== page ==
FDC portal/FDC recommendations/2012-2013 round2
- 1 Introduction
- 2 Recommendations
- 3 Overview of the FDC allocations
- 4 The FDC deliberations process
- 5 Comments from the deliberation
- 6 The FDC’s mandate
- 7 Acknowledgements
- 8 About the FDC
- 9 Footnotes
The Funds Dissemination Committee (FDC) met in Milan over the period April 22–24, 2013 in order to assess the proposals for 2012–2013 Round 2 and provide recommendations on them to the WMF Board. The FDC recommendations are given below. Below the recommendations, we have also included guidance on some critical issues, including eligibility requirements, diversification of funding sources, good governance and effective leadership, volunteer–staff balance, and metrics and outcomes.
The timing of the FDC deliberations was planned to coincide with Wikimedia Conference 2013. Several informational sessions and dialogues took place during the conference to solicit valuable feedback and share learning from Round 1. Minutes from these meetings can be found on Meta.
The FDC is concerned that in comparison with Round 1, some of the applicants in Round 2 did not adequately understand the FDC framework, and applied for annual plan funding when project grants may have been more appropriate.
|Comments and observations|
|R1 + R2 TOTAL||11,140,000||9,173,409||The FDC recommends that the remaining approximately 1.97 million USD of the FDC allocation be returned to the reserves.|
Overview of the FDC allocations
The overall funds available for movement entities in 2012–2013 was 11.2 million USD, of which 60,000 USD was assigned by the WMF Board to the Affiliations Committee (AffCom) outside of the FDC process. The FDC is therefore responsible for recommending allocations for the remaining 11.14 million USD. The FDC has a separate operating budget of 276,000 USD, which includes FDC meeting expenses and salaries of FDC staff.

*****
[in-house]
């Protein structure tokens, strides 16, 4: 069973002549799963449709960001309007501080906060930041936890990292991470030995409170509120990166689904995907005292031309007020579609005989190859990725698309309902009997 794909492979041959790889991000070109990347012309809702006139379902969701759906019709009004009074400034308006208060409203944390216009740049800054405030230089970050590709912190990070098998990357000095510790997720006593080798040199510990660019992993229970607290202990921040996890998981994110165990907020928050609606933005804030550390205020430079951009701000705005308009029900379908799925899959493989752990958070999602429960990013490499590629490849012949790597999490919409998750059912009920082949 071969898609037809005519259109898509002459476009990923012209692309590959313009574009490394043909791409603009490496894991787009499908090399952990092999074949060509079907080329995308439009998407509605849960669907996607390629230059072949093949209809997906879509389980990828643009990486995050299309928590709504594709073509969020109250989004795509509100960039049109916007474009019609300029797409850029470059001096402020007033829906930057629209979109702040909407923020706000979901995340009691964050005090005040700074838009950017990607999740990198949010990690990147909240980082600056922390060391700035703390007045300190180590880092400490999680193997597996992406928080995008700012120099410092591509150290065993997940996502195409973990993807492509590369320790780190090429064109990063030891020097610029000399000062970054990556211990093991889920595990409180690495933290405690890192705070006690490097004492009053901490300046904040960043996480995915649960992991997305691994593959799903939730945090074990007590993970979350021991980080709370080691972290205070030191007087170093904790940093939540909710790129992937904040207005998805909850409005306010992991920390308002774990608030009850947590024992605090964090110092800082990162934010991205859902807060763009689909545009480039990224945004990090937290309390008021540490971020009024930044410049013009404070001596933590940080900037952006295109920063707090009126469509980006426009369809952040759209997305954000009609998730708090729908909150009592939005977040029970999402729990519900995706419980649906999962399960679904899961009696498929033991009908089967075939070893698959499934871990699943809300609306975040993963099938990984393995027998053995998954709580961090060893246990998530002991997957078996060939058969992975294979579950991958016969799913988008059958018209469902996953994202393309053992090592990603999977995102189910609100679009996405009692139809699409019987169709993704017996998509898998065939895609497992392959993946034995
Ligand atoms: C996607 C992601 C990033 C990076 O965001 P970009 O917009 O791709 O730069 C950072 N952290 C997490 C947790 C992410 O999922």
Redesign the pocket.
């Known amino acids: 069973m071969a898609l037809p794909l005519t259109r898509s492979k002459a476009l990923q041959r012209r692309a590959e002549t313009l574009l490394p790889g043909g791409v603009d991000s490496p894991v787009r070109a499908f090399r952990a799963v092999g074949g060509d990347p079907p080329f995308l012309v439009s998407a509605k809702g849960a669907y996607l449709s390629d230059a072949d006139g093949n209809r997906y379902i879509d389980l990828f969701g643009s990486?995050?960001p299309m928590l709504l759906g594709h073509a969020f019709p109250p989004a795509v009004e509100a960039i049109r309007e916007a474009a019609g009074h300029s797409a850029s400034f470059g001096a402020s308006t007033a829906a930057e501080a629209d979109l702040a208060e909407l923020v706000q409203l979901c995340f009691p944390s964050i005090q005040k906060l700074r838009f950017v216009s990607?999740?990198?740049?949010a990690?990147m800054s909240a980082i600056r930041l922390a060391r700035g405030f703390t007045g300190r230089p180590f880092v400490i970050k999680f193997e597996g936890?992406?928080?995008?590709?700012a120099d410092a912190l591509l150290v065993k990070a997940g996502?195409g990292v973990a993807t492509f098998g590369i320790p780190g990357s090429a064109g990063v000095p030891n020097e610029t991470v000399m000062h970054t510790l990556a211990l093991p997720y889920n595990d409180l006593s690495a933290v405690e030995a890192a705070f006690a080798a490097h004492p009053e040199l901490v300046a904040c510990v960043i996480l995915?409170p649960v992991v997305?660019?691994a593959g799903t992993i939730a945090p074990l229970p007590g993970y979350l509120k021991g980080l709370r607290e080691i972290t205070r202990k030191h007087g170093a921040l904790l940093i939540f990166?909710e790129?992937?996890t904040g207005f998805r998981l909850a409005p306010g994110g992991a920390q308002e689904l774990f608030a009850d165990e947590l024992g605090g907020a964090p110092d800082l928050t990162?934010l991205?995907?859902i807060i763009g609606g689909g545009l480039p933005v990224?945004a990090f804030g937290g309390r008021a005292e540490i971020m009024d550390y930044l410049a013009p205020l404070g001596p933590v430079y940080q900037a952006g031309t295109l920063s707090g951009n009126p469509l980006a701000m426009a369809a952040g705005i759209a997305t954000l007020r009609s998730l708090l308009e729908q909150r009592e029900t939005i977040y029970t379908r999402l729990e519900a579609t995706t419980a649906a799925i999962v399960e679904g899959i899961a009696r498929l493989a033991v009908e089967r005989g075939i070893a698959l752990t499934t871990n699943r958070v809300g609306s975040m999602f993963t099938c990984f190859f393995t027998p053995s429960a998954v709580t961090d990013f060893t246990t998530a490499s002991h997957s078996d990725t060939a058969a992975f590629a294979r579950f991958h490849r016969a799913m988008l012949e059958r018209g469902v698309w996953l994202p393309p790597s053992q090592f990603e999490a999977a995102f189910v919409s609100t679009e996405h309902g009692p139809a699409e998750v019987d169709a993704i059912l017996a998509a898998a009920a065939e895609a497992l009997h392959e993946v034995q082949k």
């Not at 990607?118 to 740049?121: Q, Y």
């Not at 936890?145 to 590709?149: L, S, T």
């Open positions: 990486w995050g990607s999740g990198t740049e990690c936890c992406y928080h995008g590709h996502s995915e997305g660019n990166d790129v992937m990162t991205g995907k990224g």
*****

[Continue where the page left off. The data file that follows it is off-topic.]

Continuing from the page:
In Round 1, the FDC recommended a total allocation of 8.51 million USD (approved by the WMF Board), with the FDC receiving proposals from 12 movement entities for a total requested amount of 10.4 million USD, from 11 Wikimedia chapters and the Wikimedia Foundation. In Round 2, a total of 1.2 million USD was requested by four entities. The FDC is recommending allocating a total of 665,000 USD in Round 2. The FDC recommends that the remaining approximately 1.97 million USD of the FDC allocation be returned to the reserves.
The FDC deliberations process
The FDC staff prepared materials for the FDC review, including analysis on finances, grant compliance, and programs and presented an overview of these findings to the FDC. The FDC members had also read the material beforehand, where available. The FDC asked questions of the entities on-wiki over the four-week review period, and closely followed the community questions and commentary on the proposals. Although the FDC found the community review process very helpful, we would like to see more of the community being involved and asking the entities more questions.
The FDC used the following model to deliberate on each entity's proposal:
- FDC members created initial funding allocation recommendations before the face-to-face meeting.
- The FDC staff presented their staff assessment (which was posted on-wiki prior to the face-to-face meeting).
- The WMF Chief Financial Officer presented his financial perspective.
- The WMF Grants Administrator presented the compliance review.
- The FDC discussed the strengths and concerns of each entity's plan, as well as its proposed programs and office and staffing requests. They reviewed the history and context of the entity.
- The FDC then discussed the potential allocation for each entity, starting with members’ individual recommended allocations. There was significant conversation and debate about the four proposals. FDC members then re-evaluated their recommended allocations.
- A second review of all proposals was held the following day. Although there was a diversity of opinions on funding recommendations, consensus was reached on the recommended funding allocation for all proposals.